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The Real-Life Murderer That May Have Inspired Jeepers Creepers

In 2001, the Academy Award-nominated jazz standard "Jeepers Creepers" saw itself redefined as horror iconography, just like so many William Shatner masks, stripy red-and-green sweaters, and pieces of hockey equipment before it. It was all thanks to a singular new movie monster, as well as Justin Long's ability to look startled. The film "Jeepers Creepers" introduced a generation of moviegoers to The Creeper, an ancient demonic force with a love for human organs. The Creeper had a lot going for him. He could incorporate the body parts of his victims into his own physiology, making him functionally unkillable for as long as there were spare guts around; he had giant bat wings, implying that, at some point, he stole the bits off of a "Gargoyles" action figure; most importantly, he had something that most animalistic hellspawn from the dawn of time don't seem inclined to pursue: a functioning understanding of the rules of the road.

It's actually the character's time behind the wheel that piqued the interest of true crime enthusiasts when "Jeepers Creepers" was first released. More specifically, it was the way that his driving at the beginning of the movie very nearly mirrored shots from an episode of "Unsolved Mysteries" and the story of Dennis DePue. 

The Long odds of a Jeepers Creepers connection

Here's what we know for sure (via Fandom): On April 15, 1990, 46-year old property assessor Dennis DePue went to pick up his children from the house of his ex-wife, Marilynn. An argument ensued, with Dennis reportedly beating Marilynn and throwing her down the stairs. Hoisting her, semi-conscious, into his van, he told the kids that he was taking their mother to the hospital, then disappeared for nearly a year.

Or rather, he almost disappeared. Ray and Marie Thorton were startled by DePue when his van came tearing down the road, passing them in a hurry. The couple spotted the van a few minutes later, pulled over next to an abandoned schoolhouse, with DePue standing nearby with what appeared to be a bloody sheet. Not long after that, the van pulled up behind them again, tailgating the couple for miles before they nervously pulled off the highway.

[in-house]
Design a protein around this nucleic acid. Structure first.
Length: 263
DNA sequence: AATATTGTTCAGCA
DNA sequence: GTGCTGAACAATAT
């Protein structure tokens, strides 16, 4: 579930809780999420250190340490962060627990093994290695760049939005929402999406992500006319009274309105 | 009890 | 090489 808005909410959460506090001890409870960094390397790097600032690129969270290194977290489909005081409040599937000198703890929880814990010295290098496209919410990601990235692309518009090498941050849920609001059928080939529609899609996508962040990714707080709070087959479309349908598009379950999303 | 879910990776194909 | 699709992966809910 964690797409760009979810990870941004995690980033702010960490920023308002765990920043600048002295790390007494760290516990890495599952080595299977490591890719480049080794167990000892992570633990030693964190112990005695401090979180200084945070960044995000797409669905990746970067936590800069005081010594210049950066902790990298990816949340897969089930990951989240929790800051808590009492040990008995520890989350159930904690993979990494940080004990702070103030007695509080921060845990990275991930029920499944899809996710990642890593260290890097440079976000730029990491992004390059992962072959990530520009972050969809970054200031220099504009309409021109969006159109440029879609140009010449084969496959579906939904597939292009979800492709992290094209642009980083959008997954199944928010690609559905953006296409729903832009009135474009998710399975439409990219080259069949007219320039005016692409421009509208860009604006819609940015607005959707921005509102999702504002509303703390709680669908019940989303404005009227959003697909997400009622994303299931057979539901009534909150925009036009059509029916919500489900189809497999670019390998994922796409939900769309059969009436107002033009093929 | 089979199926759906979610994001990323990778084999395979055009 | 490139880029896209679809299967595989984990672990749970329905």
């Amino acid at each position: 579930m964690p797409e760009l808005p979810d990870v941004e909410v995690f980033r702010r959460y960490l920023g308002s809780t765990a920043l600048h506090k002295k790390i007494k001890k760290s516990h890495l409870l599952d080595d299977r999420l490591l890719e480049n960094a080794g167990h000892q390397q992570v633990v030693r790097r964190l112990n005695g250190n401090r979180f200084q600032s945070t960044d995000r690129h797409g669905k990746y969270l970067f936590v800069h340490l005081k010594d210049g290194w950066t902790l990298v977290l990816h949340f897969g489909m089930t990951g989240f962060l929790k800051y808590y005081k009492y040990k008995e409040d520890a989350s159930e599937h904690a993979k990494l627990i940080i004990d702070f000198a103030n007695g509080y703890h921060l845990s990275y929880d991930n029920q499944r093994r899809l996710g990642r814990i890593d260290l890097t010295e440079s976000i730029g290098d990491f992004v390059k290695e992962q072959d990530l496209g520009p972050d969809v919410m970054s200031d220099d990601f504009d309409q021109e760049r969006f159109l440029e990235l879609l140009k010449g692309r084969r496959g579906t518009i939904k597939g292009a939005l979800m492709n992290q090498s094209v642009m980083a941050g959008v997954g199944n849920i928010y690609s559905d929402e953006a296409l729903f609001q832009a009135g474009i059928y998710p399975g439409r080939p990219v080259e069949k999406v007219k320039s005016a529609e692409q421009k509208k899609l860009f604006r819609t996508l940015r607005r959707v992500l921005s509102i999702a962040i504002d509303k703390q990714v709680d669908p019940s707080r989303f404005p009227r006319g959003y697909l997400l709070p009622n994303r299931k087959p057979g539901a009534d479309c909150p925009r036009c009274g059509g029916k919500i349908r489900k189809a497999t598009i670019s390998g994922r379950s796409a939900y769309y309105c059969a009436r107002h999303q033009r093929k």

The description of this vehicular back-and-forth has marked similarities to the first act of "Jeepers Creepers," but the most remarkable parallels come from the season three episode of "Unsolved Mysteries."

The similarities between Jeepers Creepers and Unsolved Mysteries

The aforementioned "Unsolved Mysteries" episode recreated the Thortons' account of the events. Some of the shots used on the program are nearly identical to the ones from the movie, which has brought up plenty of speculation as to whether director Victor Salva was purposely cribbing a decade-old television show.

A lot has been made of the similarities between the "Unsolved Mysteries" episode and "Jeepers Creepers," and most of it is speculative or poorly researched. Some people have asserted that (via Screen Geek), like The Creeper, DePue disposed of a body behind an abandoned building — he didn't, Marilynn was found in a ditch by highway workers — while others have pointed out (via Screen Rant) that, like the main characters from the film, the Thortons were brother and sister; "Unsolved Mysteries" states that they were married. Whatever the case, it just goes to show that the real monsters are the people who refuse to keep a healthy three-second following distance between cars on the highway. The Associated Press reported that Dennis DePue killed himself during a shootout with authorities shortly after his episode of "Unsolved Mysteries" aired.